THE FORTRESS by Danielle Trussoni


A Love Story
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A handsome prince turns into an ogre in a memoir that reads like a fairy tale.

When she was 27, novelist and memoirist Trussoni (Angelopolis, 2013, etc.), married with a 1-year-old son, met Nikolai, a mesmerizing Bulgarian “with an aura of invincibility about him.” As she confesses, “I was a woman ready to be swept away.” Nikolai, she told her dismayed husband, was “a magician who would make all my dreams come true.” At first blinded by his exoticism, Trussoni gradually realized that Nikolai was no hero, although he was so mired in superstition (evil eyes, mantras, and hexes) that he fit the description of a magician. Their marriage began to fall apart, and after 8 years and the failure of couples therapy, the author decided they must move “far away from everything—far from successes and troubles,” to a village in the south of France, where, she hoped, they could protect their “fragile love.” Installed in a medieval fortress, Nikolai became increasingly moody, withdrawn, and erratic. A friend, who plied him with herbal remedies, suggested a weekend getaway. When that turned sour, Trussoni decided to stage an elaborate renewal ceremony, but Nikolai had a near-breakdown during the ritual. The author devotes much of the narrative to reconstructing Nikolai’s long rants, but she offers little insight about her own insecurities and delusions. She consulted an astrologer, who told her that her soul yearned for “authentic love,” which would require “growing through hell.” Enter a gorgeous young Frenchman, with whom Trussoni began an affair, inciting Nikolai to desperate measures. The author is an engaging storyteller, but her memoir is weakened by clichés (a resident ghost, the princess locked in the castle) and stock characters, including a fairy godmother (her lover’s chic mother) who rescued her. Back in the United States, Trussoni eventually came to the trite conclusion that she could not sustain a relationship until she learned how “to be a singular person” who could be “happy alone first.”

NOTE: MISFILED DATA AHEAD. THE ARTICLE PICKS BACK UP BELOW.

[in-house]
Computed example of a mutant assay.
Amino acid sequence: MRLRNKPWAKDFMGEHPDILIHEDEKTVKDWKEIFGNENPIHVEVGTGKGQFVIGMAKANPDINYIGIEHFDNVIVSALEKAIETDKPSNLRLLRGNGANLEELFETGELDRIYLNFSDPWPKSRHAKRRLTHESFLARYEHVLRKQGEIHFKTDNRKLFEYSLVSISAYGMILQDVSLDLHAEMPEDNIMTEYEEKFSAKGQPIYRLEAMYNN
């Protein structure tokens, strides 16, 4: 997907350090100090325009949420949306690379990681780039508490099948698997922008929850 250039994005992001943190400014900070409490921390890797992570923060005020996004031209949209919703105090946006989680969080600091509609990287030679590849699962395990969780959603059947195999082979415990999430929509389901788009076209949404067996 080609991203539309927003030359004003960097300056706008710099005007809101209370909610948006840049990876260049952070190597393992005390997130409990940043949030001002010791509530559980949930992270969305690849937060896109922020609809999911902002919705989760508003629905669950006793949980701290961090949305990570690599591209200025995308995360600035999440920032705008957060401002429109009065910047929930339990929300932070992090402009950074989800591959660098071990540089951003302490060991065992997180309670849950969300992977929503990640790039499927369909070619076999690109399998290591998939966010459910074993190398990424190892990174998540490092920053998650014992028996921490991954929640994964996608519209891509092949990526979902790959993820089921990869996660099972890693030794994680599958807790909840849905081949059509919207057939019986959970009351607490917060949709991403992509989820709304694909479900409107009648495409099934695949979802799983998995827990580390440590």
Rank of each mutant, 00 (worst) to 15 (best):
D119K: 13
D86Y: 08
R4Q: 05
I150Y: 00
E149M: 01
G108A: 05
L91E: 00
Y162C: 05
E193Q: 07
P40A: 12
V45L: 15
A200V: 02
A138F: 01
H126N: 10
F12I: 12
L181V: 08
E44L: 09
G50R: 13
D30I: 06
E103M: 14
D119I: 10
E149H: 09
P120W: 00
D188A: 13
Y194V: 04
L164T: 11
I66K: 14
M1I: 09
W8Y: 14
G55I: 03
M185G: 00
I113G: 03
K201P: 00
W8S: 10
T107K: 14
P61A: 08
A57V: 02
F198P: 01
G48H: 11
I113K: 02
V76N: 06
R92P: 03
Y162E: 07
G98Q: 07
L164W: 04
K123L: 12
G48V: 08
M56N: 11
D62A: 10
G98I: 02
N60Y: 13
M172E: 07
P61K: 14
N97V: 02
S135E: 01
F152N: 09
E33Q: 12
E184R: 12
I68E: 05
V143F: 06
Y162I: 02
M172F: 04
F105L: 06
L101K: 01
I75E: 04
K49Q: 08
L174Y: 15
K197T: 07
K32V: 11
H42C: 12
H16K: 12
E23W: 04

An entertaining but too predictable tale.

Pub Date: Sept. 20th, 2016
ISBN: 978-0-06-245900-8
Page count: 320pp
Publisher: Dey Street/HarperCollins
Review Posted Online:
Kirkus Reviews Issue: July 1st, 2016


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